# Marble Rolling/Projctle Motion

1. A student finds that it takes .20s for a ball to pass through photogates places 30cm apart on a level ramp. The end of the ramp is 92cm above the floor. Where should a coin be placed so that the ball strikes it directly on impact with the ground?

2. ΔX=ViTf+1/2 ATf^2
v= ΔX/ΔT

3. Tf=.2s
h=92cm (.92m)
I don't understand why the 30cm is there or how to complete the problem.

## Answers and Replies

1. A student finds that it takes .20s for a ball to pass through photogates places 30cm apart on a level ramp. The end of the ramp is 92cm above the floor. Where should a coin be placed so that the ball strikes it directly on impact with the ground?

2. ΔX=ViTf+1/2 ATf^2
v= ΔX/ΔT

3. Tf=.2s
h=92cm (.92m)
I don't understand why the 30cm is there or how to complete the problem.

I cant understand the question but you might use 30sm to find radius ...

I cant understand the question but you might use 30sm to find radius ...

It's a projectile motion problem...you don't use radius ever.

gneill
Mentor #### Attachments Yep, that's the picture I have! However, I have NO CLUE where to start it. Where does the 30cm come into play? I'm thinking find the time, then average velocity, to then both put into the ΔX=blah blah blah equation

gneill
Mentor
Yep, that's the picture I have! However, I have NO CLUE where to start it. Where does the 30cm come into play? I'm thinking find the time, then average velocity, to then both put into the ΔX=blah blah blah equation

You're GIVEN the time for it to pass between the photogates. No need to find it. If you know the time for the projectile to travel the 30 cm between the gates, what's its speed?

If you then have its speed, what are the formulas that describe its trajectory when it leaves the edge of the level surface?

You're GIVEN the time for it to pass between the photogates. No need to find it. If you know the time for the projectile to travel the 30 cm between the gates, what's its speed?

If you then have its speed, what are the formulas that describe its trajectory when it leaves the edge of the level surface?

This is how I did the problem-
H=1/2gt^2
.92m=1/2(9.8)t^2
T=.43s

V=ΔX/ΔT
30cm/.2s
V=1.5m

Then I plugged in both answers into:
ΔX=ViTf+1/2ATf^2
ΔX=1.5(.43)+1/2(0)tf^2
ΔX=.65m

Does this look right?

It's a projectile motion problem...you don't use radius ever.

woops ... I didnt read whole topic, I read rolling and thought and ...

This is how I did the problem-
H=1/2gt^2
.92m=1/2(9.8)t^2
T=.43s

V=ΔX/ΔT
30cm/.2s
V=1.5m

Then I plugged in both answers into:
ΔX=ViTf+1/2ATf^2
ΔX=1.5(.43)+1/2(0)tf^2
ΔX=.65m

Does this look right?

Yep its right ... sorry for my above confusing post ... this problem was not in the language i am used to ...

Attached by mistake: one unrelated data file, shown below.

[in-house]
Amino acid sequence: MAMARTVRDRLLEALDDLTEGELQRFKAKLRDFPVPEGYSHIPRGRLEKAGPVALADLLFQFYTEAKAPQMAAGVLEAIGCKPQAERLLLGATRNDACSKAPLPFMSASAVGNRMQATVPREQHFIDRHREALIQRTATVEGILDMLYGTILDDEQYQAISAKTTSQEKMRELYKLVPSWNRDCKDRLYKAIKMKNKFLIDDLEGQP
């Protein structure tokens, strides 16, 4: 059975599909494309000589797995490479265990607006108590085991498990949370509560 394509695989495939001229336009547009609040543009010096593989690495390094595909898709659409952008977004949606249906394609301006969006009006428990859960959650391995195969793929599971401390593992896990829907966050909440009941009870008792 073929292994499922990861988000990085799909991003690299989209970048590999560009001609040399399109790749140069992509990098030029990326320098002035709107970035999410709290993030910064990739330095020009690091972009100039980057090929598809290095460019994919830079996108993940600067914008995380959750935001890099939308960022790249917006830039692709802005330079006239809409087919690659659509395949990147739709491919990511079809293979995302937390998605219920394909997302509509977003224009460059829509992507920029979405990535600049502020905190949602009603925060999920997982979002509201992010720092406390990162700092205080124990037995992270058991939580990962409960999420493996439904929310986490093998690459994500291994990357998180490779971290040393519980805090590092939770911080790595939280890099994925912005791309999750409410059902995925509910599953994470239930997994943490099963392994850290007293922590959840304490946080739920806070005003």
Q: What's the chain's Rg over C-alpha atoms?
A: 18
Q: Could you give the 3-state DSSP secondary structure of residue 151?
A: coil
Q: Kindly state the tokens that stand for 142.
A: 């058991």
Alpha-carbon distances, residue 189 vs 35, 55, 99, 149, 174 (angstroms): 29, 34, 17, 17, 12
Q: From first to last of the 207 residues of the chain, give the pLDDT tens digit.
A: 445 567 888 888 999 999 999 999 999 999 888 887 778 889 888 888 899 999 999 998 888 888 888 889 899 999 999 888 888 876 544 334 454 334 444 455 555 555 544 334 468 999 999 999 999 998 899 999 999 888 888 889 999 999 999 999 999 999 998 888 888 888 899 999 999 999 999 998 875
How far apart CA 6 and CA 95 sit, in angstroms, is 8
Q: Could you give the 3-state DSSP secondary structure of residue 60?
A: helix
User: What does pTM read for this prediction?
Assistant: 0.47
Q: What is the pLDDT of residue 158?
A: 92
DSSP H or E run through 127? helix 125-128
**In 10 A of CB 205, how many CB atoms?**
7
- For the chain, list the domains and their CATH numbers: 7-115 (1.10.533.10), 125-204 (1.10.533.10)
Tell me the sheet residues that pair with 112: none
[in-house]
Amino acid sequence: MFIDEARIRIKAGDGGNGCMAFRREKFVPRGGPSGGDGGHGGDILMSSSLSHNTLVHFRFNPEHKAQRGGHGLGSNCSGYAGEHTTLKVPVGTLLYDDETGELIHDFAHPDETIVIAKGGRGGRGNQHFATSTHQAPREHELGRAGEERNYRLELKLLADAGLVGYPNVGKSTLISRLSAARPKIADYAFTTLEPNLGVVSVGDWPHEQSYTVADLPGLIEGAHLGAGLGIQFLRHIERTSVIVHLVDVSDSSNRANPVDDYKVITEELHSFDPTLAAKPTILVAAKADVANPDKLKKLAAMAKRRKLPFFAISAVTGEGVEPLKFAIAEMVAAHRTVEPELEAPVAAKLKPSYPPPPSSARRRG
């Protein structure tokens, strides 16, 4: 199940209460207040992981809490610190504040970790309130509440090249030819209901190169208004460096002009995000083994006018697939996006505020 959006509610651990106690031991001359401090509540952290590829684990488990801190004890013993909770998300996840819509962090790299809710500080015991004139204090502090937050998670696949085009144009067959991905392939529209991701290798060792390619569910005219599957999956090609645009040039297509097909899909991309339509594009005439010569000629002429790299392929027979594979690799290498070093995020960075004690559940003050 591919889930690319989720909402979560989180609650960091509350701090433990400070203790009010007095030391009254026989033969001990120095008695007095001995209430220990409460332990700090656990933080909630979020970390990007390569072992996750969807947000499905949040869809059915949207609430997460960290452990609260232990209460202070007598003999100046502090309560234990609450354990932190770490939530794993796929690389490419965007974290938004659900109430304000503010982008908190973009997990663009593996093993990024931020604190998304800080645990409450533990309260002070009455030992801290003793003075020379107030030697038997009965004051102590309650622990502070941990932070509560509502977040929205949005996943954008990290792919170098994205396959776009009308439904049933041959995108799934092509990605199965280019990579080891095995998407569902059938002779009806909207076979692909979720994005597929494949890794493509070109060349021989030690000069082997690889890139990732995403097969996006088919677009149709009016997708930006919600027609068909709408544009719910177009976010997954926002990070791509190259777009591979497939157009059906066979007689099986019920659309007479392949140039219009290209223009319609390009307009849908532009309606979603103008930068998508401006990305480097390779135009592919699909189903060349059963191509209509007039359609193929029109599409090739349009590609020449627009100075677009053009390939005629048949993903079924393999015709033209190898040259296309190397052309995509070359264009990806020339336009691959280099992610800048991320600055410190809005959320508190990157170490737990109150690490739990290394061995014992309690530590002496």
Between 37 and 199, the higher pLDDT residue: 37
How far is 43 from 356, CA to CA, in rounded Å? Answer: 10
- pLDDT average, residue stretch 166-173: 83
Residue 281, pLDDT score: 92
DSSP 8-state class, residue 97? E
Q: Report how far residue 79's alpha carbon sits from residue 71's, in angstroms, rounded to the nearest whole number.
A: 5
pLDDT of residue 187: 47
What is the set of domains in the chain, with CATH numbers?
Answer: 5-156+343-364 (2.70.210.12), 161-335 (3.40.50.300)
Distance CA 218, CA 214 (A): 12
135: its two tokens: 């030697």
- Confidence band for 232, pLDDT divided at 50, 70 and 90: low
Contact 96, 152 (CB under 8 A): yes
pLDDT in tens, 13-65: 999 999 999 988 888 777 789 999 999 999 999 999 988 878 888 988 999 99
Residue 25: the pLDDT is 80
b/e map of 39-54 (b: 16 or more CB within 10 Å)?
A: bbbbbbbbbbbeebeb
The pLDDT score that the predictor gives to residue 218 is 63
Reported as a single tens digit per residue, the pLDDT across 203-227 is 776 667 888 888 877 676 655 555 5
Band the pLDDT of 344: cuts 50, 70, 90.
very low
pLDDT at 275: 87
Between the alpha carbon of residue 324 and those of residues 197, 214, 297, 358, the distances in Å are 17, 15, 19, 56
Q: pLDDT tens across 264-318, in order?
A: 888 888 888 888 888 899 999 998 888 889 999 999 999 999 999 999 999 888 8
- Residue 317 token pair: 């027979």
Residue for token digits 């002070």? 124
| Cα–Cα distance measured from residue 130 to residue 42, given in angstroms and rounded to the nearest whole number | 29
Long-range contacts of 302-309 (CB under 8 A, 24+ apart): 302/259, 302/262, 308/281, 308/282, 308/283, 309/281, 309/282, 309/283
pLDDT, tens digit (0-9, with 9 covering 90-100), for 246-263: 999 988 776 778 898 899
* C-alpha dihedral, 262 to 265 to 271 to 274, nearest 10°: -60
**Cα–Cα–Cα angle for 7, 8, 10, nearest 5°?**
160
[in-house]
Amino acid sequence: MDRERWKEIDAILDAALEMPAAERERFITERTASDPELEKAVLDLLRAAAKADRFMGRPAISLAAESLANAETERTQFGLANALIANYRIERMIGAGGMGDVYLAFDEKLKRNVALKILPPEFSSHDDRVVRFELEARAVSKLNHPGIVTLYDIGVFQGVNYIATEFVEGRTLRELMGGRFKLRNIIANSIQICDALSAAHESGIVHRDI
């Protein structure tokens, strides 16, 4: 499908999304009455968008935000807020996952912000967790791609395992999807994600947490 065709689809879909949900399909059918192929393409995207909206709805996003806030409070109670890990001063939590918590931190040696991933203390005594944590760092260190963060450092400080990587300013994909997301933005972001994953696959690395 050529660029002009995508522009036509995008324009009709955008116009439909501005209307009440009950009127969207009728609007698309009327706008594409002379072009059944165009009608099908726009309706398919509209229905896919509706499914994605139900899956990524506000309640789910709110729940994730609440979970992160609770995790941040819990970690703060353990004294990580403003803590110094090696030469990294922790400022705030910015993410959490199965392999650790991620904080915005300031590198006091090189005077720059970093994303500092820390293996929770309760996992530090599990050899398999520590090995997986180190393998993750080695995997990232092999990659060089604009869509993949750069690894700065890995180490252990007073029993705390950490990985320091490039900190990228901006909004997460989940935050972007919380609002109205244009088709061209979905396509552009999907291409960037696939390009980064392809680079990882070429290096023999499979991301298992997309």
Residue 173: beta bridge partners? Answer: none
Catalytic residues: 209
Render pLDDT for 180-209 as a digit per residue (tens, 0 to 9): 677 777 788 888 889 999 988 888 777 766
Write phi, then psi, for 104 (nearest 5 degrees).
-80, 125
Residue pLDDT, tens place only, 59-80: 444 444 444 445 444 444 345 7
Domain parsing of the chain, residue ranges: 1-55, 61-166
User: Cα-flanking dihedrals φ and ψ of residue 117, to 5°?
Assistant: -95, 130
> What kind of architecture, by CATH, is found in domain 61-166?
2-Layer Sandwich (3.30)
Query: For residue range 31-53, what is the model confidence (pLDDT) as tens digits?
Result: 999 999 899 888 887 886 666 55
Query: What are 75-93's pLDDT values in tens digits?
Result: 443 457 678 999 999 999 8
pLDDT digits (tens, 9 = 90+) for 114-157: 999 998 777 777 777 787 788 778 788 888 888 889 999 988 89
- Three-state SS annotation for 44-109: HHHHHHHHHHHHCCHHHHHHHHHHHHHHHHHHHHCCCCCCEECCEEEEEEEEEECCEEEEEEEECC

No worries!

NascentOxygen
Staff Emeritus
Science Advisor
This is how I did the problem-
H=1/2gt^2
.92m=1/2(9.8)t^2
T=.43s

V=ΔX/ΔT
30cm/.2s
V=1.5m /sec

Then I plugged in both answers into:
ΔX=ViTf+1/2ATf^2
ΔX=1.5(.43)+1/2(0)tf^2
ΔX=.65m

Does this look right?
Your method looks right.

This is how I did the problem-
H=1/2gt^2
.92m=1/2(9.8)t^2
T=.43s

V=ΔX/ΔT
30cm/.2s
V=1.5m

Then I plugged in both answers into:
ΔX=ViTf+1/2ATf^2
ΔX=1.5(.43)+1/2(0)tf^2
ΔX=.65m

Does this look right?

Couple questions on the problem still-
1)First, why did I have the use the H=1/2gt^2 equation to get T=.43s? I think it has something to do with the horizontal and vertical relationship to each other? But if the problem gives me .2s already-what is that for?

2) Second, I used the average velocity equation, but how can the average velocity switch to being the Vi in the ΔX=ViTf+1/2ATf^2 equation? How does that work?

Couple questions on the problem still-
1)First, why did I have the use the H=1/2gt^2 equation to get T=.43s? I think it has something to do with the horizontal and vertical relationship to each other? But if the problem gives me .2s already-what is that for?

2) Second, I used the average velocity equation, but how can the average velocity switch to being the Vi in the ΔX=ViTf+1/2ATf^2 equation? How does that work?

1)

when marble falls from table, in Y direction there is no initial velocity (right?) ... so for eqn:
y = uyt + 0.5 g t2 .. uy turns out to be 0

NascentOxygen
Staff Emeritus
Science Advisor
Couple questions on the problem still-
1)First, why did I have the use the H=1/2gt^2 equation to get T=.43s? I think it has something to do with the horizontal and vertical relationship to each other? But if the problem gives me .2s already-what is that for?
The 0.2 sec is used to calculate the speed of the ball before it starts falling. The 0.43 sec is the time it spends in midair. While it's free-falling, it also continues to move horizontally away from the table.

2) Second, I used the average velocity equation, but how can the average velocity switch to being the Vi in the ΔX=ViTf+1/2ATf^2 equation? How does that work?
The initial speed of the ball was calculated on a level surface. What is the value of the horizontal component of gravity acting to speed up the ball over this path?